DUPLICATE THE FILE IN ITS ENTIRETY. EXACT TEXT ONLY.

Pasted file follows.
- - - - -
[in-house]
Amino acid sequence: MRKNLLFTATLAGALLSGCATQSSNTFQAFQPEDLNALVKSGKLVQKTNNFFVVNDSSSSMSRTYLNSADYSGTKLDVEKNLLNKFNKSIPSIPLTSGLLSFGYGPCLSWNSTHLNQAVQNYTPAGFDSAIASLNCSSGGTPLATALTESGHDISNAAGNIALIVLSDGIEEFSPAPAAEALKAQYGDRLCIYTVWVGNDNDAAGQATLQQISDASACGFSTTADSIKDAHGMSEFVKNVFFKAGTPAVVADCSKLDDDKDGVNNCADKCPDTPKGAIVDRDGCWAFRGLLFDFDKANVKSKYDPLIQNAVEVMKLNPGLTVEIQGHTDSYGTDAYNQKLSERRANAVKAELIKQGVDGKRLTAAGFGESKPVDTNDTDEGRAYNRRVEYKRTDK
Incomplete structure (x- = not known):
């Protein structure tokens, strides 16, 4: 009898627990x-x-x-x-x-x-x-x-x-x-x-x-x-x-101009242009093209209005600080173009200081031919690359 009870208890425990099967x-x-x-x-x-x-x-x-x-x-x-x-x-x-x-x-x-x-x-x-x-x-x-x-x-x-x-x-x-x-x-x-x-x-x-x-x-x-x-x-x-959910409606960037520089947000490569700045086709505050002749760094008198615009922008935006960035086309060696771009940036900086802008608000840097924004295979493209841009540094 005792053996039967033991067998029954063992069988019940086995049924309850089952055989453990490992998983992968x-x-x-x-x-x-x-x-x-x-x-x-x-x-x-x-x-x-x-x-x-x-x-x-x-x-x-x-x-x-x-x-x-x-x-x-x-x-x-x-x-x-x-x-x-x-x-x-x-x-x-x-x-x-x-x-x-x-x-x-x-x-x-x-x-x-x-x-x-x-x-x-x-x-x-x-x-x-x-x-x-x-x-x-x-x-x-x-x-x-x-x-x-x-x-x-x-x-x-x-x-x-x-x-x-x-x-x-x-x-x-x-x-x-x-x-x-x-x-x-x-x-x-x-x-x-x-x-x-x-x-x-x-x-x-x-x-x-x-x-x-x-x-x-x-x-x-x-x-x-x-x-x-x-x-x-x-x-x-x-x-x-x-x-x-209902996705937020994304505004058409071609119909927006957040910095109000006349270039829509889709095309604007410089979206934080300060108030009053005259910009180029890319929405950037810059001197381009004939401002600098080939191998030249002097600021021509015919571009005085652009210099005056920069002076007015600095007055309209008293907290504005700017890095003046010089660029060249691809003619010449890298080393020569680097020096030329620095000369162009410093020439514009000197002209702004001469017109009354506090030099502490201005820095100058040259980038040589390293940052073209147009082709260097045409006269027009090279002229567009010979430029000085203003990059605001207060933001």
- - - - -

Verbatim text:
[in-house]
Amino acid sequence: MRKNLLFTATLAGALLSGCATQSSNTFQAFQPEDLNALVKSGKLVQKTNNFFVVNDSSSSMSRTYLNSADYSGTKLDVEKNLLNKFNKSIPSIPLTSGLLSFGYGPCLSWNSTHLNQAVQNYTPAGFDSAIASLNCSSGGTPLATALTESGHDISNAAGNIALIVLSDGIEEFSPAPAAEALKAQYGDRLCIYTVWVGNDNDAAGQATLQQISDASACGFSTTADSIKDAHGMSEFVKNVFFKAGTPAVVADCSKLDDDKDGVNNCADKCPDTPKGAIVDRDGCWAFRGLLFDFDKANVKSKYDPLIQNAVEVMKLNPGLTVEIQGHTDSYGTDAYNQKLSERRANAVKAELIKQGVDGKRLTAAGFGESKPVDTNDTDEGRAYNRRVEYKRTDK
Incomplete structure (x- = not known):
């Protein structure tokens, strides 16, 4: 009898627990x-x-x-x-x-x-x-x-x-x-x-x-x-x-101009242009093209209005600080173009200081031919690359 009870208890425990099967x-x-x-x-x-x-x-x-x-x-x-x-x-x-x-x-x-x-x-x-x-x-x-x-x-x-x-x-x-x-x-x-x-x-x-x-x-x-x-x-x-959910409606960037520089947000490569700045086709505050002749760094008198615009922008935006960035086309060696771009940036900086802008608000840097924004295979493209841009540094 005792053996039967033991067998029954063992069988019940086995049924309850089952055989453990490992998983992968x-x-x-x-x-x-x-x-x-x-x-x-x-x-x-x-x-x-x-x-x-x-x-x-x-x-x-x-x-x-x-x-x-x-x-x-x-x-x-x-x-x-x-x-x-x-x-x-x-x-x-x-x-x-x-x-x-x-x-x-x-x-x-x-x-x-x-x-x-x-x-x-x-x-x-x-x-x-x-x-x-x-x-x-x-x-x-x-x-x-x-x-x-x-x-x-x-x-x-x-x-x-x-x-x-x-x-x-x-x-x-x-x-x-x-x-x-x-x-x-x-x-x-x-x-x-x-x-x-x-x-x-x-x-x-x-x-x-x-x-x-x-x-x-x-x-x-x-x-x-x-x-x-x-x-x-x-x-x-x-x-x-x-x-x-209902996705937020994304505004058409071609119909927006957040910095109000006349270039829509889709095309604007410089979206934080300060108030009053005259910009180029890319929405950037810059001197381009004939401002600098080939191998030249002097600021021509015919571009005085652009210099005056920069002076007015600095007055309209008293907290504005700017890095003046010089660029060249691809003619010449890298080393020569680097020096030329620095000369162009410093020439514009000197002209702004001469017109009354506090030099502490201005820095100058040259980038040589390293940052073209147009082709260097045409006269027009090279002229567009010979430029000085203003990059605001207060933001």